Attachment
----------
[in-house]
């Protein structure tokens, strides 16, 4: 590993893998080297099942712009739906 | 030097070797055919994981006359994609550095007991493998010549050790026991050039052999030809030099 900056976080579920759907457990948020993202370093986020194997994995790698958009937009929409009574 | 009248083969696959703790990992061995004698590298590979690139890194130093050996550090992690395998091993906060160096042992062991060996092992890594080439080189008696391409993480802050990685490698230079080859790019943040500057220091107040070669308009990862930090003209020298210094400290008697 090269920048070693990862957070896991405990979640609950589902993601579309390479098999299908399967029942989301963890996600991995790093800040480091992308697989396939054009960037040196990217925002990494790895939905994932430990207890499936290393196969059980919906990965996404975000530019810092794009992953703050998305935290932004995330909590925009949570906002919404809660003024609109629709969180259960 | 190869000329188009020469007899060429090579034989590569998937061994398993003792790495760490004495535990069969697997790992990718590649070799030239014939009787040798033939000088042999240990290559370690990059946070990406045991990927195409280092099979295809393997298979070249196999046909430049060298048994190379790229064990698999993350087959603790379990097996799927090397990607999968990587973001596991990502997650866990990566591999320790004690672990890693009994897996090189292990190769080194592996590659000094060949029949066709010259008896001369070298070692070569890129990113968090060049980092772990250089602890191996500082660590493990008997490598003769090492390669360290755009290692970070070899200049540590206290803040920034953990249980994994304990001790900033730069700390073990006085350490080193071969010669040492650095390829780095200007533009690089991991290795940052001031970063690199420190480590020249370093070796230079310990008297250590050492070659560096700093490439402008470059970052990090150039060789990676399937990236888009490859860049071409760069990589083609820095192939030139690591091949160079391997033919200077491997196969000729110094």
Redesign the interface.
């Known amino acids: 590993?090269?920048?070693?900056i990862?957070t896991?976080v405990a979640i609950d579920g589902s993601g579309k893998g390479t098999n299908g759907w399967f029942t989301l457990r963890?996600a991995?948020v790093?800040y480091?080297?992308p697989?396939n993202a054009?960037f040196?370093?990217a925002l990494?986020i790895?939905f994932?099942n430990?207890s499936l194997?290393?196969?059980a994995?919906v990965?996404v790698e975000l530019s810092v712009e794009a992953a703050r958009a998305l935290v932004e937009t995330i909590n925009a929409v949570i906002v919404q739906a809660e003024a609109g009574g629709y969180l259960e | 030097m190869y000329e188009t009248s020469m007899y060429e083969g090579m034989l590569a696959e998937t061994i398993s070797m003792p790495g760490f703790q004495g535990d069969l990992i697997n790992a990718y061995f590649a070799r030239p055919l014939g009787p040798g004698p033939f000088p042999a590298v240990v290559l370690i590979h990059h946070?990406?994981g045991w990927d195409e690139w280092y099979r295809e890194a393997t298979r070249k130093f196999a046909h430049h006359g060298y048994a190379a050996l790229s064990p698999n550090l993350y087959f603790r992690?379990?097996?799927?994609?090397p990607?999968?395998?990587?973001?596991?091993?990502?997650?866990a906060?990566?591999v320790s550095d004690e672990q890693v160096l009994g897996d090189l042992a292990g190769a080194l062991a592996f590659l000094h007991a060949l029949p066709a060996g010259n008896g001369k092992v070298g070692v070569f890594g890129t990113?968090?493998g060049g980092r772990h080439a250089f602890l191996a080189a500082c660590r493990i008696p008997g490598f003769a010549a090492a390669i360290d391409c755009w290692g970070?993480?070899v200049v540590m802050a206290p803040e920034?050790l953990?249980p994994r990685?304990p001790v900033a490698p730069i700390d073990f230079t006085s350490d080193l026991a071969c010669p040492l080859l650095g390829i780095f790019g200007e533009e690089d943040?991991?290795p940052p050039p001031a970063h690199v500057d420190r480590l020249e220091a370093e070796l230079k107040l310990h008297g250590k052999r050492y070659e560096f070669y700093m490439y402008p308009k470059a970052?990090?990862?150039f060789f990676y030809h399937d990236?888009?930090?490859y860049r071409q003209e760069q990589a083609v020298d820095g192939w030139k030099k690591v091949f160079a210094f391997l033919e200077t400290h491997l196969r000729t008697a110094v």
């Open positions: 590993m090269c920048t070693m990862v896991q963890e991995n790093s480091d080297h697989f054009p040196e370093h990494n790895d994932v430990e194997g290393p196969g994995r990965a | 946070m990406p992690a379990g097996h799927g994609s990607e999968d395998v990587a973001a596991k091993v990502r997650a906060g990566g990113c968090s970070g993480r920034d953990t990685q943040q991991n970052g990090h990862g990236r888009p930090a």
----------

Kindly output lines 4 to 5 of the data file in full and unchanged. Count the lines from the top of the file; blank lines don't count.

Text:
């Known amino acids: 590993?090269?920048?070693?900056i990862?957070t896991?976080v405990a979640i609950d579920g589902s993601g579309k893998g390479t098999n299908g759907w399967f029942t989301l457990r963890?996600a991995?948020v790093?800040y480091?080297?992308p697989?396939n993202a054009?960037f040196?370093?990217a925002l990494?986020i790895?939905f994932?099942n430990?207890s499936l194997?290393?196969?059980a994995?919906v990965?996404v790698e975000l530019s810092v712009e794009a992953a703050r958009a998305l935290v932004e937009t995330i909590n925009a929409v949570i906002v919404q739906a809660e003024a609109g009574g629709y969180l259960e | 030097m190869y000329e188009t009248s020469m007899y060429e083969g090579m034989l590569a696959e998937t061994i398993s070797m003792p790495g760490f703790q004495g535990d069969l990992i697997n790992a990718y061995f590649a070799r030239p055919l014939g009787p040798g004698p033939f000088p042999a590298v240990v290559l370690i590979h990059h946070?990406?994981g045991w990927d195409e690139w280092y099979r295809e890194a393997t298979r070249k130093f196999a046909h430049h006359g060298y048994a190379a050996l790229s064990p698999n550090l993350y087959f603790r992690?379990?097996?799927?994609?090397p990607?999968?395998?990587?973001?596991?091993?990502?997650?866990a906060?990566?591999v320790s550095d004690e672990q890693v160096l009994g897996d090189l042992a292990g190769a080194l062991a592996f590659l000094h007991a060949l029949p066709a060996g010259n008896g001369k092992v070298g070692v070569f890594g890129t990113?968090?493998g060049g980092r772990h080439a250089f602890l191996a080189a500082c660590r493990i008696p008997g490598f003769a010549a090492a390669i360290d391409c755009w290692g970070?993480?070899v200049v540590m802050a206290p803040e920034?050790l953990?249980p994994r990685?304990p001790v900033a490698p730069i700390d073990f230079t006085s350490d080193l026991a071969c010669p040492l080859l650095g390829i780095f790019g200007e533009e690089d943040?991991?290795p940052p050039p001031a970063h690199v500057d420190r480590l020249e220091a370093e070796l230079k107040l310990h008297g250590k052999r050492y070659e560096f070669y700093m490439y402008p308009k470059a970052?990090?990862?150039f060789f990676y030809h399937d990236?888009?930090?490859y860049r071409q003209e760069q990589a083609v020298d820095g192939w030139k030099k690591v091949f160079a210094f391997l033919e200077t400290h491997l196969r000729t008697a110094v």
């Open positions: 590993m090269c920048t070693m990862v896991q963890e991995n790093s480091d080297h697989f054009p040196e370093h990494n790895d994932v430990e194997g290393p196969g994995r990965a | 946070m990406p992690a379990g097996h799927g994609s990607e999968d395998v990587a973001a596991k091993v990502r997650a906060g990566g990113c968090s970070g993480r920034d953990t990685q943040q991991n970052g990090h990862g990236r888009p930090a």